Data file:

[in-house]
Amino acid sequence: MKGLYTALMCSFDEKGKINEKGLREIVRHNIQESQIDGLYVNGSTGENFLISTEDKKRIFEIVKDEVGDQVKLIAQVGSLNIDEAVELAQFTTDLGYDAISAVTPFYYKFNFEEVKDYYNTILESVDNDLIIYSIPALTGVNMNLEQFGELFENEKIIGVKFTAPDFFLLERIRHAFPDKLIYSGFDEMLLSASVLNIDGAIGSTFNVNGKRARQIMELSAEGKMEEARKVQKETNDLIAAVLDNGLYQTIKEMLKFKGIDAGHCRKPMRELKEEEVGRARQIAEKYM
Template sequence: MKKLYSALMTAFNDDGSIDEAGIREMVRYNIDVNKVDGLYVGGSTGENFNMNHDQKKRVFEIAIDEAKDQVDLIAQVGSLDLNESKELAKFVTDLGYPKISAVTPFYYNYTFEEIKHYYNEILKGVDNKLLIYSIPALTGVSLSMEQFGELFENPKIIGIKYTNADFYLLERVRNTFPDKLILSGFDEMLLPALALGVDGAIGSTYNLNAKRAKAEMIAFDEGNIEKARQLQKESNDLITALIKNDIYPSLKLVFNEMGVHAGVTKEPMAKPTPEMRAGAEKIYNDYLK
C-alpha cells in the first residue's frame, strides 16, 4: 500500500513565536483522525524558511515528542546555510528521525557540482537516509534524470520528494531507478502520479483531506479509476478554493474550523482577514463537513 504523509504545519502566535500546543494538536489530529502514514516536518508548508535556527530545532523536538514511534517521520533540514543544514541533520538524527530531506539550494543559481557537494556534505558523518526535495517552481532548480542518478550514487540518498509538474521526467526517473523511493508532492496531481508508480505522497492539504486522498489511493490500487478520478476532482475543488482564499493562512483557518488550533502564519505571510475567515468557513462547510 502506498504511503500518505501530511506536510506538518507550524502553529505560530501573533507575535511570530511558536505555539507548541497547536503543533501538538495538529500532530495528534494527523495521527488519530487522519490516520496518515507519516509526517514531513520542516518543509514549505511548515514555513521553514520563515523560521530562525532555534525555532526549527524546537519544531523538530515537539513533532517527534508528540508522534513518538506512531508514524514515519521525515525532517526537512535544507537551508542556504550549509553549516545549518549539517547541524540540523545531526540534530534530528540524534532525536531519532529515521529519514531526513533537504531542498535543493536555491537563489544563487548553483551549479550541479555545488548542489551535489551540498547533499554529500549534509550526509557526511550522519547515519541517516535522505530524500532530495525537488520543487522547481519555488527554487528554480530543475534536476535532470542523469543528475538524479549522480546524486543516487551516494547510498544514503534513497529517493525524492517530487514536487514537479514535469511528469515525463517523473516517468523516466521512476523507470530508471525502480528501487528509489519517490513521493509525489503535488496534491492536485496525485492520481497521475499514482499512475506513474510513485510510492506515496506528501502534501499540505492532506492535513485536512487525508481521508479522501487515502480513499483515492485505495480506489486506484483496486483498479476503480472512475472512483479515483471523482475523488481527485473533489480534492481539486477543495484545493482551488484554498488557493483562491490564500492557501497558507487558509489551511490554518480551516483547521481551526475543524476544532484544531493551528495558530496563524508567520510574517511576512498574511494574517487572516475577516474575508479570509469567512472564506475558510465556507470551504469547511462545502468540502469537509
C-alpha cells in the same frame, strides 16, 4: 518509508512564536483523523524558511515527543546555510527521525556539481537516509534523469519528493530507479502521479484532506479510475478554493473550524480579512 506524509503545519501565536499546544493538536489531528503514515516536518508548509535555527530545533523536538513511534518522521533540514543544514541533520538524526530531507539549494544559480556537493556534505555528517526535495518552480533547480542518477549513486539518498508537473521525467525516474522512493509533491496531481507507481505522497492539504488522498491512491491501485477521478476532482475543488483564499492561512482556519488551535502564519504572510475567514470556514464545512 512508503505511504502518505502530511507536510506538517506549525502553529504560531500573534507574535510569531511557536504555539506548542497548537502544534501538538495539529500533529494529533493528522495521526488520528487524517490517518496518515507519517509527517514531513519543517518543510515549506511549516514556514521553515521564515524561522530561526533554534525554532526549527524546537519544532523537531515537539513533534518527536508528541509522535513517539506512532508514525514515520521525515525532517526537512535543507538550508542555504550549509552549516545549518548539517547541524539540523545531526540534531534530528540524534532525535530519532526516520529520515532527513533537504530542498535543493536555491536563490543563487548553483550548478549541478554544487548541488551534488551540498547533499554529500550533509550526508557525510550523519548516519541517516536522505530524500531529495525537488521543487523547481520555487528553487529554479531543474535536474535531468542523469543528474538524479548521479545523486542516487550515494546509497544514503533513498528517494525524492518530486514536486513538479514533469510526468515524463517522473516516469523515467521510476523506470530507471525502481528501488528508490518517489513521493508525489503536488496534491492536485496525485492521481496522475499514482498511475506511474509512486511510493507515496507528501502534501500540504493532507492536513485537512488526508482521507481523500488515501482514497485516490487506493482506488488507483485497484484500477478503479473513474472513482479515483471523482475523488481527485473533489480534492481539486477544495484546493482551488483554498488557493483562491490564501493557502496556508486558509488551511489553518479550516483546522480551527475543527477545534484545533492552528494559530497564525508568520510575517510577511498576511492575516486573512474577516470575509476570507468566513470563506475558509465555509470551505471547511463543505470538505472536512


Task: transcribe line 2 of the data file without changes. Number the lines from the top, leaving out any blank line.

Amino acid sequence: MKGLYTALMCSFDEKGKINEKGLREIVRHNIQESQIDGLYVNGSTGENFLISTEDKKRIFEIVKDEVGDQVKLIAQVGSLNIDEAVELAQFTTDLGYDAISAVTPFYYKFNFEEVKDYYNTILESVDNDLIIYSIPALTGVNMNLEQFGELFENEKIIGVKFTAPDFFLLERIRHAFPDKLIYSGFDEMLLSASVLNIDGAIGSTFNVNGKRARQIMELSAEGKMEEARKVQKETNDLIAAVLDNGLYQTIKEMLKFKGIDAGHCRKPMRELKEEEVGRARQIAEKYM